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Today's News

  • Missing girl found in Marshdale

    Jefferson County deputies and area fire personnel worked together to locate a 10-year-old girl who was reported missing in Marshdale late Wednesday morning, said Jeffco sheriff's spokesperson Jacki Kelley.

    While with her family at The Bistro, the girl reportedly left the restaurant on her bicycle. 

    She was found about an hour and a half later, Kelley said.

  • Caps and trade: Mushroom workshop at Flying J puts the fun in fungi

    Several a-fungi-anados gathered at Flying J Ranch last Friday morning to learn about mushrooms in the mountain area of Jefferson County.

    “We have between 2,000 and 3,000 mushroom species just in this area,” said Mary Beth Carpenter, a volunteer with the Lookout Mountain Nature Center.

    About a dozen people showed up for “Beyond Pizza: What Everyone Should Know About Mushrooms.” Carpenter led the talk on families of fungus.

  • Bowlen went from booed to beloved

    When metro area voters were being asked to extend the sales tax that had been established to build Coors Field in 1998 so a new football stadium could be built to replace aging Mile High Stadium for the Broncos, the polling showed something fascinating. One of the biggest obstacles to passage of the proposal was voters’ personal animosity toward Broncos owner Pat Bowlen.

  • Gentians, bugling elk signal end of summer

    Reprinted from Aug. 3, 2011

    The full rich days of August bring the flowering of fringed gentians, the departure of some summer birds and gangly teenage elk enjoying their first taste of independence. The incredibly beautiful fringed gentians are the dominant wildflower in South Park in August.

  • EPIC improv comedy provides needed laughs at summer’s end

    The first day of school is just around the corner. Perhaps it’s been a joyful summer of memories that will be recorded in your family scrapbook, or perhaps you’ve been counting the minutes until the little ones are thrown back into a daily routine. Either way, summer vacation is a bit like improvisational comedy — you spend three months with people who have no filter, and you make things up on the fly to keep them entertained. You can only hope that at the end of it all you find yourself laughing.

  • Indiana runner embraces trail race

    By Tim Donohoo
    For the Courier

    Brady Smith just wanted a taste of the trails. The 16-year old from Crown Point, Ind., had been in the Denver area for three days and the aspiring runner longed to run the Mt. Falcon 15K before he returned home to the Midwest. He got his wish.

  • Youth movement in full swing for Evergreen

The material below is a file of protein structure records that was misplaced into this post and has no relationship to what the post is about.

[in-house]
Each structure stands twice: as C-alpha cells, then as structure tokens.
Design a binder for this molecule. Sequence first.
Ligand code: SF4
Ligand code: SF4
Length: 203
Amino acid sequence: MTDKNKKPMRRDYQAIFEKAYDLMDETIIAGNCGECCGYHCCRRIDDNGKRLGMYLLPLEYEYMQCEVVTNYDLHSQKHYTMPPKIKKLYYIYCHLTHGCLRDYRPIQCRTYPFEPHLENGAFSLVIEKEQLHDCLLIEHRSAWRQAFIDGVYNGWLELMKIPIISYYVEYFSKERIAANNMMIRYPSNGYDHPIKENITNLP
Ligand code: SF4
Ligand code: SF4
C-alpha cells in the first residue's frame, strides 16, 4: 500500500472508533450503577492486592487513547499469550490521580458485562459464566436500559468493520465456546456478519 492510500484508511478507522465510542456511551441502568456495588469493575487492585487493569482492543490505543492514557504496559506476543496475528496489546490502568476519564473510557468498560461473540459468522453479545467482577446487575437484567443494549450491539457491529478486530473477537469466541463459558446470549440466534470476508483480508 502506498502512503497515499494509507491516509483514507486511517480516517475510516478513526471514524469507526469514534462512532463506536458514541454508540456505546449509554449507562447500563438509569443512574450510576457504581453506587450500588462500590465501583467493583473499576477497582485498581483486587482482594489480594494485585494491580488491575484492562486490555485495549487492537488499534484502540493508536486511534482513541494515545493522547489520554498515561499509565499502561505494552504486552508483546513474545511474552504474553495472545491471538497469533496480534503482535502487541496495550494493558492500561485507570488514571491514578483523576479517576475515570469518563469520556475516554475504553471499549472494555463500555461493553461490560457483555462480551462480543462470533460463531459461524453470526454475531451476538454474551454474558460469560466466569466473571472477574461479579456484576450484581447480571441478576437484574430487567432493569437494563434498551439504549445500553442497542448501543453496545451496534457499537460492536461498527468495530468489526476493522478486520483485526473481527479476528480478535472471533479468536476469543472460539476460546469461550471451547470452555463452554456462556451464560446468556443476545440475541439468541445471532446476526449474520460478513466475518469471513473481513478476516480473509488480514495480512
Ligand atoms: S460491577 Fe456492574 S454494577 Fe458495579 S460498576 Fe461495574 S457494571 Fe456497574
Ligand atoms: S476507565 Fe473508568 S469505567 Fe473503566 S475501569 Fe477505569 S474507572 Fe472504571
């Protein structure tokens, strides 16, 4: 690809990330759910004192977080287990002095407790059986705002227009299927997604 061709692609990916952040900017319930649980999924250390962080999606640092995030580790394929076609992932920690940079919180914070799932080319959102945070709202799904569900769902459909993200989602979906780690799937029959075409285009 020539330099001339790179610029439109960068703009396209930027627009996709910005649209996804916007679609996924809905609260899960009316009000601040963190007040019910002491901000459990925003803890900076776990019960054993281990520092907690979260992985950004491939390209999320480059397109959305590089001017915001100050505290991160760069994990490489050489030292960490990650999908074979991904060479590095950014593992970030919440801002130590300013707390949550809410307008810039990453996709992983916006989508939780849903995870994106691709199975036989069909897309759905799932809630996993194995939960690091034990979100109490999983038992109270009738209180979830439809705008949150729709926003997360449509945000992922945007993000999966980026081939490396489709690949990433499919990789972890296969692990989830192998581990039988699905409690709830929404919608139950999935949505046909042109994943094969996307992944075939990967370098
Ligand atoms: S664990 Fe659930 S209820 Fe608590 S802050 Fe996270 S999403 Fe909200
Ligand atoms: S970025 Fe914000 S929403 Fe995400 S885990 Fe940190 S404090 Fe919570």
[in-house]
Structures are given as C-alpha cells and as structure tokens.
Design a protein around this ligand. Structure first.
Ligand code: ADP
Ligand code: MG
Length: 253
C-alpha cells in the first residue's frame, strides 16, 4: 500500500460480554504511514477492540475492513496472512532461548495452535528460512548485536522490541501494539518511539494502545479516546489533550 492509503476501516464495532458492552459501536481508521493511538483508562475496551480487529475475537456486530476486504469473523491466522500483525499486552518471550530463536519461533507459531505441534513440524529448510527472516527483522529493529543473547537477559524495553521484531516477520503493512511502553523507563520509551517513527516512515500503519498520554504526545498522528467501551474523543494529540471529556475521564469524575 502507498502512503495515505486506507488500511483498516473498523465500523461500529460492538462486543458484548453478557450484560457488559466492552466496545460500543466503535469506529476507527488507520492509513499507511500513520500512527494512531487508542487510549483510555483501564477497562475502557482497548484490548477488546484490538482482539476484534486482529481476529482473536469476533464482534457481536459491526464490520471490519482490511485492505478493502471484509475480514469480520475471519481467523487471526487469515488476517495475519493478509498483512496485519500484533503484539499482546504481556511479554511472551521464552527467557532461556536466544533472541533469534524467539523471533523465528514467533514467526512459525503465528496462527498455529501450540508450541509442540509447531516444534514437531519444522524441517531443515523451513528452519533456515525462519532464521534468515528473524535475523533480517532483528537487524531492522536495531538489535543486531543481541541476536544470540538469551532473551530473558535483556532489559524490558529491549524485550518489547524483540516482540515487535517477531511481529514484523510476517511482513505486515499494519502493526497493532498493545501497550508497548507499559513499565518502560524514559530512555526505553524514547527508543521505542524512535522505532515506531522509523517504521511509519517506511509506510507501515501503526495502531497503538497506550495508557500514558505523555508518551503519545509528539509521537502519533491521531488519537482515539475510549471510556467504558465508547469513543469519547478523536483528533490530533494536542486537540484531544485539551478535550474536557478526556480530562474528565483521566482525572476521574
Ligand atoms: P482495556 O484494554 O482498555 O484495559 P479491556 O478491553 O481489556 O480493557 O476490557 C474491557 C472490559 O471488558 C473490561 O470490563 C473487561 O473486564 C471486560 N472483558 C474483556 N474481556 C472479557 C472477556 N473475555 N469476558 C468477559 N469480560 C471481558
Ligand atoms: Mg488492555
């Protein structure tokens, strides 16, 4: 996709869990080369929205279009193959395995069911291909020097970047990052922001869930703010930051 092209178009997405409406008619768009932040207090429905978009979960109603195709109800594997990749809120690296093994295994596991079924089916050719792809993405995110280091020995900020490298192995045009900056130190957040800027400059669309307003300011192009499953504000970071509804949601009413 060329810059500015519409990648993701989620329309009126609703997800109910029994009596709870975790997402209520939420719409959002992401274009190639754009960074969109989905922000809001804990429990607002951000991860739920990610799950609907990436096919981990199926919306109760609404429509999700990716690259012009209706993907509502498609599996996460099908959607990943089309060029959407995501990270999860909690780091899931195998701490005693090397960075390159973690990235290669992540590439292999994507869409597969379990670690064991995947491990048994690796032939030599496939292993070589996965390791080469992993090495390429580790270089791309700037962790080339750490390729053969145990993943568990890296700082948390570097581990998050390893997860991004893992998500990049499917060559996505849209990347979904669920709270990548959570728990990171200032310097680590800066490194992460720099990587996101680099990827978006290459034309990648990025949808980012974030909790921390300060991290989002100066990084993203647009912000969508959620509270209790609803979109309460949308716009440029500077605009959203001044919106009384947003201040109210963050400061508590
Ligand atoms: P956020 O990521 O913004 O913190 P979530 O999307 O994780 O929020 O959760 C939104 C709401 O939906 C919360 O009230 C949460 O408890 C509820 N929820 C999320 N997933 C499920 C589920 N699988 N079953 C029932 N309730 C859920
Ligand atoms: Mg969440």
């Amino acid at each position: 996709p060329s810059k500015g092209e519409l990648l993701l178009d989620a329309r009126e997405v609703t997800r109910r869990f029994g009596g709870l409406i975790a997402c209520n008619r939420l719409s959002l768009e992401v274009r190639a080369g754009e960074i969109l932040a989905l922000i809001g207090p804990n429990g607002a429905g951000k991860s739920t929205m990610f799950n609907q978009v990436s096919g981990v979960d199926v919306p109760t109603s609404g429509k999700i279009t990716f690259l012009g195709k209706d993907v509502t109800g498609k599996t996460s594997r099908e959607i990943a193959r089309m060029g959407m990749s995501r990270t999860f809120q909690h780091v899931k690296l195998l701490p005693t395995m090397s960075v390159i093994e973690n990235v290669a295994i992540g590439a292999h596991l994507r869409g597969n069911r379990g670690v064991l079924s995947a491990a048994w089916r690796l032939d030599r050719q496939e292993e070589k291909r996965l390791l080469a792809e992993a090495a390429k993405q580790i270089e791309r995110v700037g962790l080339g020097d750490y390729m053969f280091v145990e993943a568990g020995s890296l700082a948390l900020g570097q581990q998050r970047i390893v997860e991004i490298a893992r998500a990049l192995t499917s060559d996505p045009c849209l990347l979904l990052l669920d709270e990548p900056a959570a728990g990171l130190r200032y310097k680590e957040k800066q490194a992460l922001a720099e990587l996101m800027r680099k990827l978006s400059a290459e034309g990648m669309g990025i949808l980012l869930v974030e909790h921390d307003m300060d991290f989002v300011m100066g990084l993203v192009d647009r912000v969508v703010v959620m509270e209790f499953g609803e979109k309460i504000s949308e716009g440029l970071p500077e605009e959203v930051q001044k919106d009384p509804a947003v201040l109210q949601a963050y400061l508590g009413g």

Kyle Peterson is no longer around. Evergreen’s best golfer in recent years graduated in May. So did Kyle Malazdrewicz. They, arguably, were the face of the Cougars program.

    Both were multiple-time 4A state qualifiers, finishing 13th and 30th, respectively, last October at Hiwan Golf Club. But, such is the case in high school athletics, turnover is ongoing. 

    In 2014, Evergreen is a squad that is staring at the realistic probability of its top three players being sophomores.

  • Nelson’s return is a successful one

    By Tim Donohoo
    For the Courier

    Not even the distraction of a stray dog could keep Brianne Nelson from winning the 10K portion of the Evergreen Town Race on Upper Bear Creek on Aug. 3.

    Nelson, a Golden resident and stay-at-home mother of two, defeated Kristen Zaitz by 17 seconds, winning the female title in a time of 33 minutes, 38 seconds. Andy Wacker won the top male award with a time of 30:21 down the fast downhill course.

  • Tourist traffic up in Evergreen this summer

    Tourist traffic is up about 20 percent in downtown Evergreen this summer, according to at least one store owner.

    More customers may be coming to Evergreen to shop because they hear a “Downtown Evergreen” ad playing on KBCO radio (97.3 on the FM dial), according to Trish Wales, president of the Evergreen Downtown Business Association.

    The 15-second ad plays during the 7-to-9-a.m. morning commute. It’s airing for a second summer after a successful run last summer and over the Christmas holidays, Wales said.

  • Evergreen Legacy Fund growing

    If you buy an ice cream cone at Baskin-Robbins in downtown Evergreen, 1 percent of your purchase goes to the Downtown Evergreen Economic District's Legacy Fund.

    So far, more than $80,000 has been raised through the fee on goods and services, which is collected voluntarily by most downtown Evergreen businesses. Since Evergreen isn’t an incorporated city, there’s no way to require businesses to charge the fee, but virtually all of them do, said Dean Dalvit, a spokesman for the Downtown Evergreen Economic District, or DEED.